...I tried using a laser collimator, but found that the loose tolerances of the fit in the focuser creates...error...as much as two inches for the laser reflection on the primary.
Sure. First, I hope the loose fit is caused by the laser and not the focuser, because if it's the focuser, your eyepieces will be subjected to the same focuser axial misalignment--not good. Now, if it's the laser's fault (and it usually is), and the fit is really that bad, the best option, IMO, is to replace the laser. Some users advocate taping the laser barrel to get a tighter fit, but what you really need is a barrel that mimics an eyepiece barrel, that way when you secure the laser in the focuser, it's axis mimics an eyepiece's axis. I also suspect you're using a 2-inch focuser, with a 2- to 1.25-inch adapter, and a 1.25-inch laser. A better 2- to 1.25-inch adapter should improve the fit and the alignment consistency. How the eyepiece fits the adapter, and how the adapter fits the focuser drawtube, is called "registration". It's important to verify the focuser axial alignment with the locking screws secured, the same way you would use the locking screws with an eyepiece. This "fixes" the registration. If the misalignment is repeatably consistent when the locking screws are secured, your focuser axis is indeed, misaligned!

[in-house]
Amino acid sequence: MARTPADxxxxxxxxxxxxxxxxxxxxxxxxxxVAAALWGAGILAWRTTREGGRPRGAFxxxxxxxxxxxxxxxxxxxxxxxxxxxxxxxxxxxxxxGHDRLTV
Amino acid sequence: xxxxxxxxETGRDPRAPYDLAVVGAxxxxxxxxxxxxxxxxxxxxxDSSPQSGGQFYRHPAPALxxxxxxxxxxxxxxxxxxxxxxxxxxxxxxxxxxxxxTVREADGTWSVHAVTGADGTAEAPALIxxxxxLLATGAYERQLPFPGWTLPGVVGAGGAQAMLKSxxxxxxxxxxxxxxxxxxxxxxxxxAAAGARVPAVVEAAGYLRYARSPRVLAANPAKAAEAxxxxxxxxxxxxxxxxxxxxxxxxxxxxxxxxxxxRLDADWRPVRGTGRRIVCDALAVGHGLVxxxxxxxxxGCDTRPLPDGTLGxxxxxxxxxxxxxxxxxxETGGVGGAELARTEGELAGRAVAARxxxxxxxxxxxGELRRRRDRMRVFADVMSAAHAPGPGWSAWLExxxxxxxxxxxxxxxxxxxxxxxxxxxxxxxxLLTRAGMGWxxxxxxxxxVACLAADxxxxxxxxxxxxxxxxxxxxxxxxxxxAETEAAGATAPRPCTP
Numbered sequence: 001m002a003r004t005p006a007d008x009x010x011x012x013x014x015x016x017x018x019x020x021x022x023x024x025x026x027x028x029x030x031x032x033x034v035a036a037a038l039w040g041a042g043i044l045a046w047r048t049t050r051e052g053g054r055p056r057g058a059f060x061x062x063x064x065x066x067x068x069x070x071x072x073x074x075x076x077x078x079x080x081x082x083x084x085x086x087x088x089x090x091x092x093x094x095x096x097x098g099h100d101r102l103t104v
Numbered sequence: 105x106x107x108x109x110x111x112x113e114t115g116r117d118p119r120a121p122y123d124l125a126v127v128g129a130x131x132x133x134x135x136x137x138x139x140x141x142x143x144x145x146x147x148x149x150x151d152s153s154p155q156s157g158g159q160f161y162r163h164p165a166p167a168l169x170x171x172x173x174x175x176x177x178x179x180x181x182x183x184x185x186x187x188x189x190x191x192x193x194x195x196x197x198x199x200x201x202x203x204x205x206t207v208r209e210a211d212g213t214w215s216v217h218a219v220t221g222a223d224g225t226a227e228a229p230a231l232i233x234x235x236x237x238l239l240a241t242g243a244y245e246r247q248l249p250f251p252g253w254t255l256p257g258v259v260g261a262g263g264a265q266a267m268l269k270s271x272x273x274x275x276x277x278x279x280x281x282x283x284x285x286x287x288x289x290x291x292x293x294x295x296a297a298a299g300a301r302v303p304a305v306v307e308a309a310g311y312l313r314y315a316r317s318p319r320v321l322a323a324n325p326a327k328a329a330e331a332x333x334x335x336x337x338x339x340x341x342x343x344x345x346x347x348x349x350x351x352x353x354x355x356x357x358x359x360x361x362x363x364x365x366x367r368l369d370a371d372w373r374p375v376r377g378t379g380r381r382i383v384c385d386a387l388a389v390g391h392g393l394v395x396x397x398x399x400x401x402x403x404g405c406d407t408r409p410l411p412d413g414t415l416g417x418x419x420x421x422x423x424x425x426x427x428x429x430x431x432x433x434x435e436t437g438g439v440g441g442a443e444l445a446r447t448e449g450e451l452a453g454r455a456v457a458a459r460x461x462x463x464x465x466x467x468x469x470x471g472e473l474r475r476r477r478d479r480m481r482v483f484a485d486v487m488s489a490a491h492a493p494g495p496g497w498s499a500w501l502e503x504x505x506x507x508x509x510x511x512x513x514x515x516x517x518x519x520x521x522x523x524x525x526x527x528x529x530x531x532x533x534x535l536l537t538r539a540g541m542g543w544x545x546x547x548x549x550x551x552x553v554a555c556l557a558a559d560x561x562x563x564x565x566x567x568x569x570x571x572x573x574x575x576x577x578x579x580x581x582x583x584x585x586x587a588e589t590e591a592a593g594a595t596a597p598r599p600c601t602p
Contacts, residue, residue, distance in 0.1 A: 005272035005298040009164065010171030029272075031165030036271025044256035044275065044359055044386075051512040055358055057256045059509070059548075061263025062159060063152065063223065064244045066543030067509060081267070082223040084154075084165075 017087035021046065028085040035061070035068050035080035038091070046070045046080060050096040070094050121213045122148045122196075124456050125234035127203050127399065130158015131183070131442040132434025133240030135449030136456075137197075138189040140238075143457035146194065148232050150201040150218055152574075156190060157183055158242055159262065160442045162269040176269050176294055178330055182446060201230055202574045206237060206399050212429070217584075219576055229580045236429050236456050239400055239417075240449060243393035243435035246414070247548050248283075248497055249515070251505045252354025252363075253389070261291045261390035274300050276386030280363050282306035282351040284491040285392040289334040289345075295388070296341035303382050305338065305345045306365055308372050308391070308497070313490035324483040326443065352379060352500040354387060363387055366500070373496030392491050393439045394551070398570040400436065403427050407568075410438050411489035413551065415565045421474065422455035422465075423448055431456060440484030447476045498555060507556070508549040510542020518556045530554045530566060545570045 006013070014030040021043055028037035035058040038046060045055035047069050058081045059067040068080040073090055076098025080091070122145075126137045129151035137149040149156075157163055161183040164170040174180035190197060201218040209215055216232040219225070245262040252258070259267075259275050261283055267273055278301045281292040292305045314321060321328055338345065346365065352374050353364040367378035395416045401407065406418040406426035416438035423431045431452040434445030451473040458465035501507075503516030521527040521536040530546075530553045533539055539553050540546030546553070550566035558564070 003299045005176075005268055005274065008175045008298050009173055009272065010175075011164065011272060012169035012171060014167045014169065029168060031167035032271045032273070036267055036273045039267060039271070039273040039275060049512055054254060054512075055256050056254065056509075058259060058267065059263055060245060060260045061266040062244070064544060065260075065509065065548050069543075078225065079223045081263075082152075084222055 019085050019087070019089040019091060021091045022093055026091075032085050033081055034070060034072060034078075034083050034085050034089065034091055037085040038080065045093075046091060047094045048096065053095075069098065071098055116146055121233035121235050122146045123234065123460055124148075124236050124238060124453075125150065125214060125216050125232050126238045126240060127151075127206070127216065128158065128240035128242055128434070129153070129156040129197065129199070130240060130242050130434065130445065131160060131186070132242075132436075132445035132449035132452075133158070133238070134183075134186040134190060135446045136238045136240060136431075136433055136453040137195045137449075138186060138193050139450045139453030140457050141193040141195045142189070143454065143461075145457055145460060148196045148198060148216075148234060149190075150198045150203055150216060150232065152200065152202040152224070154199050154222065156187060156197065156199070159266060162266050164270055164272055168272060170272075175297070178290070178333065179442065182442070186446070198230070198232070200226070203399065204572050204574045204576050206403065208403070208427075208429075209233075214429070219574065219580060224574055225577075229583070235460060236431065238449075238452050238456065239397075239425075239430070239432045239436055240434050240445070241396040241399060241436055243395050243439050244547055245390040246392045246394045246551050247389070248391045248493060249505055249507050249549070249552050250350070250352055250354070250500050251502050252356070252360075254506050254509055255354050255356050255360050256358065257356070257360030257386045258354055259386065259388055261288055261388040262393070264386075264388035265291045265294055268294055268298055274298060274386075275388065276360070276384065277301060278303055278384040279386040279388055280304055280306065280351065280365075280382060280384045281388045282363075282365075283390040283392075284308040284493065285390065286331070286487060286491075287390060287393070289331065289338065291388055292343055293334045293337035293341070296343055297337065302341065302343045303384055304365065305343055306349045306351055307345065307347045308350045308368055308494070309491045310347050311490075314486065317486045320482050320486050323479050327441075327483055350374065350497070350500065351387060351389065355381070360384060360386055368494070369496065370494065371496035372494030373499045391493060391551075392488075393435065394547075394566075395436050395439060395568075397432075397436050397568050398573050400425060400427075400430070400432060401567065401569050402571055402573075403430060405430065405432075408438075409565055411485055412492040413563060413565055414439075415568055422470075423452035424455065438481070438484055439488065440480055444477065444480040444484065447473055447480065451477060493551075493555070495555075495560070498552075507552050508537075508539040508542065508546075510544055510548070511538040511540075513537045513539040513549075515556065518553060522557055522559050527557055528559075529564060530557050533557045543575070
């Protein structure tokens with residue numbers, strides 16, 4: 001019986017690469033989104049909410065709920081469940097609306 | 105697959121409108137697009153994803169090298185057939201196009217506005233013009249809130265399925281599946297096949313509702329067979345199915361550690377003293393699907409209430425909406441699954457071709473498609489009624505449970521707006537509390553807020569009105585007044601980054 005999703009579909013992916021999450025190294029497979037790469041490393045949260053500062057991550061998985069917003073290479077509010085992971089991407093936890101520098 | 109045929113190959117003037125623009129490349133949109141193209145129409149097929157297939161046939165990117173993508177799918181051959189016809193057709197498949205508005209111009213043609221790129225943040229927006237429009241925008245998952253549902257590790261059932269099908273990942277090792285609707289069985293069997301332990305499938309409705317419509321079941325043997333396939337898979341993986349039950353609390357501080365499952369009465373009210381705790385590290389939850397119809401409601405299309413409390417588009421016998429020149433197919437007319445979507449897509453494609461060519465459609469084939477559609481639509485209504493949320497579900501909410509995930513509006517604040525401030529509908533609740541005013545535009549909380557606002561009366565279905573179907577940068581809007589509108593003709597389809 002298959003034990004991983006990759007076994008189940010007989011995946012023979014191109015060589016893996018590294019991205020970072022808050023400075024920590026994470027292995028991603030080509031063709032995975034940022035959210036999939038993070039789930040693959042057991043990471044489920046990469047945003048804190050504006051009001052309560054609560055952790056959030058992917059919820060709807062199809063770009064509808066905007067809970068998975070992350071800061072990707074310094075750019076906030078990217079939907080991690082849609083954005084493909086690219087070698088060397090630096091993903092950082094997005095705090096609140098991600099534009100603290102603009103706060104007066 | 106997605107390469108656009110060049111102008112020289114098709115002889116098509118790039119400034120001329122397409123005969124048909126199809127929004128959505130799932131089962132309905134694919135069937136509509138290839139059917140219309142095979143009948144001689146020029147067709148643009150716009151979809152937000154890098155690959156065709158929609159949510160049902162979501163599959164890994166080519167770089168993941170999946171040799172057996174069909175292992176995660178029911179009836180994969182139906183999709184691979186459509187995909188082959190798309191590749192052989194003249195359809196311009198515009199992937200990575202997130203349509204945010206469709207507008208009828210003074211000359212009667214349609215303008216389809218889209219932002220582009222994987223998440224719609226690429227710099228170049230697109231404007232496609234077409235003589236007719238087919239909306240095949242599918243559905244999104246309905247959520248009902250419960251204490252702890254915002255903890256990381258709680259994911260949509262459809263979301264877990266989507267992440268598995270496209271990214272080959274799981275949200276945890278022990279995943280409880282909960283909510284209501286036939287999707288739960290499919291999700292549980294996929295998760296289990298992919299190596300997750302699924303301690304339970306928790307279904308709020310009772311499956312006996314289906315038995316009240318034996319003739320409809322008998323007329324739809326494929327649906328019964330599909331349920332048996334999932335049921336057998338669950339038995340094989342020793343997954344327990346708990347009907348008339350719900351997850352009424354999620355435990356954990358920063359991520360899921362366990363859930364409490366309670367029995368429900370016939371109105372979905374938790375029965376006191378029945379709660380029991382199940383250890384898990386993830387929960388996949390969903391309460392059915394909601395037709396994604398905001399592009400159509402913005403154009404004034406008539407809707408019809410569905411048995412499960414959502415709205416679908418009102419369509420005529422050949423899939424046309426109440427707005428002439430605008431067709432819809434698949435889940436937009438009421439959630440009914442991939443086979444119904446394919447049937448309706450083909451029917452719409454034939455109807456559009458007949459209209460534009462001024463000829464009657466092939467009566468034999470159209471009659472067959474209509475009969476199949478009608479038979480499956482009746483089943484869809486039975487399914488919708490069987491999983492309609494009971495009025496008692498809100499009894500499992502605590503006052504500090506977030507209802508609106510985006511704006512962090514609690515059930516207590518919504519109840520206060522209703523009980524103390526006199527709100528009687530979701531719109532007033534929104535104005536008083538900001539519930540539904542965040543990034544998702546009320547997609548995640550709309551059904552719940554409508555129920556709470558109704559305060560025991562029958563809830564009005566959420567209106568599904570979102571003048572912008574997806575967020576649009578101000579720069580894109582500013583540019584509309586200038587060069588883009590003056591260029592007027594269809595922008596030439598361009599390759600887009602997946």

If you have a dial caliper or similar measuring tool, you can quickly determine the cause of your registration inconsistency.
...Tightening it down with the set screw shows the primary to be *way* out of alignment, despite the fact that I can visually confirm good alignment using the peephole in the collimation cap.
"Tightening it down" only secures the registration of the laser to the focuser. Remember, the laser beam defines the focuser
axis. The return beam is simply a reflection of the focuser axis. The only way the return beam can be used for primary mirror axial alignment is if the focuser axial alignment is perfect
. One half of any residual focuser axial error will be propagated forward to the laser beam emitter. I'm guessing this is what you're seeing when you say the primary is "*way* out of alignment". The collimation cap, which is relatively insensitive to focuser axial errors, shows the primary mirror alignment is in fact, "good", so you're back to where you started: good secondary mirror positioning, good primary mirror axial alignment, and unknown focuser axial alignment.
Of course, even without a laser, we know your focuser axis isn't grossly misaligned, even though it may be out of tolerance. As long as you're happy with your scope's performance, you shouldn't lose good observing hours worrying about what might be wrong. Learning how to collimate your scope is all about patience and persistence, an exercise best saved for rainy days and cloudy nights (pardon the pun).